Anyway, I’m sure I’ll get a barrage of ‘that may be your experience, but my GP sucks’ ‘my GP killed my family member’s, ‘my GP misdiagnosed’, ‘my surgery is rated worse by the cqc’.
All of these comments may be true, but all of these comments apply to any doctor be they GP or hospital doctor, junior or consultant, and to any institution as well. No one is perfect. No one is perfectly poised to take the abuse day in day out as well. No one is paid for it. Yet primary care which is clearly underfunded, understaffed and under supported is beaten like a dog by the media, general public and hospital colleagues. To the point that many are thinking of retiring early in droves. Then when you have to go to paying £50 per consultation and extra for every prescription for your child then you’d remember these days where you’re harassed-looking GP who had been keeping their pee in for the last six hours to deal with one more patient, one more phone call, one more blood result actually apologised to you for waiting so long and tried their best to deal with your multiple problems without asking for an upfront fee.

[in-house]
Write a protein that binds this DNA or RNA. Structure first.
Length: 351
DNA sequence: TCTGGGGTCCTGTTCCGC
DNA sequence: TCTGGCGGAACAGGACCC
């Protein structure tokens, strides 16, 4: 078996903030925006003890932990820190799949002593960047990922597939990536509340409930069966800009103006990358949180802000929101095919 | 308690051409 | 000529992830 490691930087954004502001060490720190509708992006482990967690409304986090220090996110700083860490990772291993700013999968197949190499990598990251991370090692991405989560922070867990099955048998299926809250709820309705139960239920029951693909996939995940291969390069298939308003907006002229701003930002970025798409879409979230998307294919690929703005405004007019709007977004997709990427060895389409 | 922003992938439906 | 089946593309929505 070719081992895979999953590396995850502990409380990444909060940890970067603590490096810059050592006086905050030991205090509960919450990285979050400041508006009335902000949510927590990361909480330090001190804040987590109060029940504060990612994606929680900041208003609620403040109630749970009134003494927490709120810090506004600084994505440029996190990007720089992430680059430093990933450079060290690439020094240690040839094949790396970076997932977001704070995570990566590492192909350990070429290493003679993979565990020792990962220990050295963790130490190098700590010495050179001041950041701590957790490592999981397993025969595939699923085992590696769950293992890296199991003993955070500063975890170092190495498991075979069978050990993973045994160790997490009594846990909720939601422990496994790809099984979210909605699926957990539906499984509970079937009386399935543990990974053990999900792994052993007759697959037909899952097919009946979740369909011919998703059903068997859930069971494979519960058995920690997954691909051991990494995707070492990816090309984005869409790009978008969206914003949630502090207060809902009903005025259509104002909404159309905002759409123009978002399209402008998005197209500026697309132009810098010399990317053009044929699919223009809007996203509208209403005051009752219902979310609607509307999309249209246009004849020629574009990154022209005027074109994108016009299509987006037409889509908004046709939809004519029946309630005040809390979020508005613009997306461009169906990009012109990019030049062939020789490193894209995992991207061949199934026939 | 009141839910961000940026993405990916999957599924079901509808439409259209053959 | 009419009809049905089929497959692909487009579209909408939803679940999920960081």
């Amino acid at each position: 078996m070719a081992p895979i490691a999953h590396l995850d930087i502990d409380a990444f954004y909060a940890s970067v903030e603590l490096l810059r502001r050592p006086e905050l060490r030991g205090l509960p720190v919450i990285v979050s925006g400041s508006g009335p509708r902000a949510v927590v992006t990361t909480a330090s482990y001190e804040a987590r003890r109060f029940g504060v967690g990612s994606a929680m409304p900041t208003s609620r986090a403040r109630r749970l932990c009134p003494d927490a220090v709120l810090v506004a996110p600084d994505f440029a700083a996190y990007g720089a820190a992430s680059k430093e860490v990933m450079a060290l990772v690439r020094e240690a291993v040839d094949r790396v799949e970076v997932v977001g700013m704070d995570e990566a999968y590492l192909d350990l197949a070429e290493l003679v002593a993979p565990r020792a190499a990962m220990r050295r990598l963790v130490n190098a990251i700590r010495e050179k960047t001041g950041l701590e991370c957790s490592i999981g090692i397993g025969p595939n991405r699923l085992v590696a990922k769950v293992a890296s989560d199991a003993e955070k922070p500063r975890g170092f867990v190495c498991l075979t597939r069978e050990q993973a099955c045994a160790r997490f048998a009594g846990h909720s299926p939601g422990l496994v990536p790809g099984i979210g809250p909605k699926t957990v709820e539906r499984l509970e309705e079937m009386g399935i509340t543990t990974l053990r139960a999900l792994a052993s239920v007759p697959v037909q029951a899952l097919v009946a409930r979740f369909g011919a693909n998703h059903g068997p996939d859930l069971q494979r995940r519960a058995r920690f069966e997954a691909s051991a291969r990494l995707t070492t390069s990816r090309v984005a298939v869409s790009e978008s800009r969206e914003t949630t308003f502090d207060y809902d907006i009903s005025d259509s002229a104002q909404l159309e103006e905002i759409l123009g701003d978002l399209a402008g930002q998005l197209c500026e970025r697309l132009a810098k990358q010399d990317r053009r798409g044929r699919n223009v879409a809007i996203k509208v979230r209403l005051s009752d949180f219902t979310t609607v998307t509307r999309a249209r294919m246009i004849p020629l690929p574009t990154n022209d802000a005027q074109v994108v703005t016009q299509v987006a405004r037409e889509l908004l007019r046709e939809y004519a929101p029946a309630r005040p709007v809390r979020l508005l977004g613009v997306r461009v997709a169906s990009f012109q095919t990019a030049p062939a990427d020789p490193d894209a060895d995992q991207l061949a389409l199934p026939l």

Would you agree?
Maria is a Mum of two girls, wife to a slightly overworked GP, proud to be an immigrant worker in NHS, currently a GP trainee in a specialist deprivation scheme in Northwest.
All guest writer articles come from our Muslim Mamas community or from our network of supporters. Some contribute one-off stories; some contribute as anonymous mamas. All experiences and opinions are those of the writers.